I'm trying to design an input circuit for a microcontroller that will work with 1-10 V dimmers. There appear to be two standards for dimmers, current source and current sink, and I'm trying to work out if I can create a system that will work with both.

As I understand it, most domestic lighting uses current sink dimmers: the controller or ballast provides the current with a 10 V or more signal and the dimmer reduces that signal.

There is also a standard from theatrical lighting, where the dimmer provides the voltage and current and the controller just measures the voltage level.

I've designed my circuit as a current source using an LM334 plus a Zener diode to turn the supply voltage of 12-14 V into a current source that will float up to 11 V. A potential divider, crude low pass filter and 3.3 V Zener diode convert the signal into 0-3.3 V for an analogue to digital converter.

First question. Did I do anything wrong here or is this workable? It seemed OK when I breadboarded it.

Second question. It would be great if this worked or automatically adapted to the two different standards. Can this circuit be adapted to work with a 0-10 V current source input signal?

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  • \$\begingroup\$ See if my explanation on Dimmable mains PSU control helps. \$\endgroup\$ – Transistor Jul 13 at 8:48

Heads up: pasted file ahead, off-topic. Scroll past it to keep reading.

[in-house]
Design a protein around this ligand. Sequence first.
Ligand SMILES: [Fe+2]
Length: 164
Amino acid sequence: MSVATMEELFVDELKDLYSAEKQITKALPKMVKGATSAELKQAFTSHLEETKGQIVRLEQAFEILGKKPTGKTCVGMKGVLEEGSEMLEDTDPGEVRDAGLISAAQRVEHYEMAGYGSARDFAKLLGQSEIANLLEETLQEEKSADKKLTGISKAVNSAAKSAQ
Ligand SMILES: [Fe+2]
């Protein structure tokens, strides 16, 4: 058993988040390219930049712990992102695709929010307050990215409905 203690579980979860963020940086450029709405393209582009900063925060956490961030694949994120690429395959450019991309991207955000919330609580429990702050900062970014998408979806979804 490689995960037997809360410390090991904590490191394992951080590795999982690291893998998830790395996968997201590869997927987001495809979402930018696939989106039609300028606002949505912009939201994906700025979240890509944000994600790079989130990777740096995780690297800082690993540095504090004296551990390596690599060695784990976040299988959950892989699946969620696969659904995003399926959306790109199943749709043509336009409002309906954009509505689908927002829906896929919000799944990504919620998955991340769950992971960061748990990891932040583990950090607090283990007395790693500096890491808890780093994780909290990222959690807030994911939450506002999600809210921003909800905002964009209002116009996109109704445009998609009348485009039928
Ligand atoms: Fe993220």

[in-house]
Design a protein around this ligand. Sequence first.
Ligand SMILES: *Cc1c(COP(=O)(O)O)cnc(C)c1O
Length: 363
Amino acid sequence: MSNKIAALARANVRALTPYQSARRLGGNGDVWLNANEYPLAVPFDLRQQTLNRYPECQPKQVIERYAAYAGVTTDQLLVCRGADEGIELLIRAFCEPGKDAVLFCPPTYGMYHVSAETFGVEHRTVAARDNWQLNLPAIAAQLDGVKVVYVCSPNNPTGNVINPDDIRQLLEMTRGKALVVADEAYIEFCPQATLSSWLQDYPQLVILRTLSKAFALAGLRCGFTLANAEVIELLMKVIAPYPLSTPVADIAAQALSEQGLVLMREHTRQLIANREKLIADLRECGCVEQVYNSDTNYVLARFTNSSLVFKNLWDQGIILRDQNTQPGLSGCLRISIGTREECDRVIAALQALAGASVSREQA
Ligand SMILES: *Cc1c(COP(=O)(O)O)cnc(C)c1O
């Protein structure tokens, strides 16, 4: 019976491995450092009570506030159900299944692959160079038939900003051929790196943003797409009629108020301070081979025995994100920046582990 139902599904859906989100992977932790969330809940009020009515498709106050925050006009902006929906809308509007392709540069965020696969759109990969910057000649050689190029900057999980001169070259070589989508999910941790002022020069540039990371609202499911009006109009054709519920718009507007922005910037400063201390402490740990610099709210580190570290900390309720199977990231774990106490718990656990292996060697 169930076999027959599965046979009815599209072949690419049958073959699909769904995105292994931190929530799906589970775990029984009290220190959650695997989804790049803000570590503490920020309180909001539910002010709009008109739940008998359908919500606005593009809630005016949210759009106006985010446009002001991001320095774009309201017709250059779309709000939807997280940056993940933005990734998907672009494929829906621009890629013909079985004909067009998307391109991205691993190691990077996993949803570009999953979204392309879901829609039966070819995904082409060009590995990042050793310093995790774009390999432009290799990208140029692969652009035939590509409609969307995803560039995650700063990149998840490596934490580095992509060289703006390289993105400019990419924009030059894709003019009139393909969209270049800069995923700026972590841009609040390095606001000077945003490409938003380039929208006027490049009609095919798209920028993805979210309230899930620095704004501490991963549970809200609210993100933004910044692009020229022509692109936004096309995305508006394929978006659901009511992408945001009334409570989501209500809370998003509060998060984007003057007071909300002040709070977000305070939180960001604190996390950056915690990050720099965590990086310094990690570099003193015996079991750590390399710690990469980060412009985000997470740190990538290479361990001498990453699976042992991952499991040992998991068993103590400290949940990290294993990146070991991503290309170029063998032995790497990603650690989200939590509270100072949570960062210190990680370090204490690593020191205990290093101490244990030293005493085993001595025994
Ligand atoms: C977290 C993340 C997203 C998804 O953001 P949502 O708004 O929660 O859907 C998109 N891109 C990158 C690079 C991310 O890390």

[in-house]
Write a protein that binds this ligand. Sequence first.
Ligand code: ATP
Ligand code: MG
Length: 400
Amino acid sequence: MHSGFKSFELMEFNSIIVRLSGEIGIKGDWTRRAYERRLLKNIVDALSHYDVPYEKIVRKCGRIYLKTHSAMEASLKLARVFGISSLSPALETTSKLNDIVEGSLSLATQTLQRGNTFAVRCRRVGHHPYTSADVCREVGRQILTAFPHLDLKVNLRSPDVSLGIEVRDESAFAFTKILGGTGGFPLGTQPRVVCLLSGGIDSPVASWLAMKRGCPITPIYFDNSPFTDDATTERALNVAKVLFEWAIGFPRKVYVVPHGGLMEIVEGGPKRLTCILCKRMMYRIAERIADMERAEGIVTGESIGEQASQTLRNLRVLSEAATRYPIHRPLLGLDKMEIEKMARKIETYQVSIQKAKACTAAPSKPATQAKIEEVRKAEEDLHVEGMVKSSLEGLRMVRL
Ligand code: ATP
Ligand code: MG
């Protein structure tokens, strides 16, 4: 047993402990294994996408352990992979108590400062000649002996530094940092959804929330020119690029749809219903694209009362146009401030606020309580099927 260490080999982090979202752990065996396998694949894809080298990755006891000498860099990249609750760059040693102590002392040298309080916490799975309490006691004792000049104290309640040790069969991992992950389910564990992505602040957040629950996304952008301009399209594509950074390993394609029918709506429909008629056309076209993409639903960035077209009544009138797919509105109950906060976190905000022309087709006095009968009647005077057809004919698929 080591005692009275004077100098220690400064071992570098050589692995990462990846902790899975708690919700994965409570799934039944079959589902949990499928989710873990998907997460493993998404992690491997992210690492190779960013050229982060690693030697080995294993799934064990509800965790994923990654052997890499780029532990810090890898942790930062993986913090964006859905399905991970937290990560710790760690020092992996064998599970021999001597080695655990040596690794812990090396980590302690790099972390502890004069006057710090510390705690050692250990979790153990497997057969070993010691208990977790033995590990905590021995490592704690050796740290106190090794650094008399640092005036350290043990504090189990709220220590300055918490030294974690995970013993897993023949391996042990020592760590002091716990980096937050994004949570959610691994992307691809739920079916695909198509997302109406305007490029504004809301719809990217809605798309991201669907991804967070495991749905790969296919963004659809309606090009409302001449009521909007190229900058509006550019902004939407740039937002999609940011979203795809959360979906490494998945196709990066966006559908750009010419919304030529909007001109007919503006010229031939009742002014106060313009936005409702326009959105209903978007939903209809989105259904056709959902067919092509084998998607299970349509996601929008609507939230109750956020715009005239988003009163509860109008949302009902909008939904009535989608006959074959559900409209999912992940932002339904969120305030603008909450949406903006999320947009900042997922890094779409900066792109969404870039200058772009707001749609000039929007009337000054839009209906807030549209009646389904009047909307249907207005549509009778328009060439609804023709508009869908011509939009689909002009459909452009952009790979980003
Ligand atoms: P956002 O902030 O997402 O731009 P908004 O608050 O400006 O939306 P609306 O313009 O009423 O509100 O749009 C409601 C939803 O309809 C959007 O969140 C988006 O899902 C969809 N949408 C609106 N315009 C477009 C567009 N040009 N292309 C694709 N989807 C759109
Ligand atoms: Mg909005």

• \$\begingroup\$ I’m not seeing how the LM334 is measuring current - didn’t you say you wanted to do that? At any rate I’ve used the LT6105. It works in high and low-side sensing and can run on supplies from ~3V to 36V. Its output range can be matched to your ADC with one resistor. Link: analog.com/media/en/technical-documentation/data-sheets/… \$\endgroup\$ – hacktastical Jul 13 at 17:56
  • \$\begingroup\$ The LM344 isn't measuring current. The circuit as it stands is just a current source with level shifting down to 3.3v. The LT6105 is quite an expensive addition to the circuit so its not an option for the project I'm working on. \$\endgroup\$ – Tudor Jul 14 at 7:59

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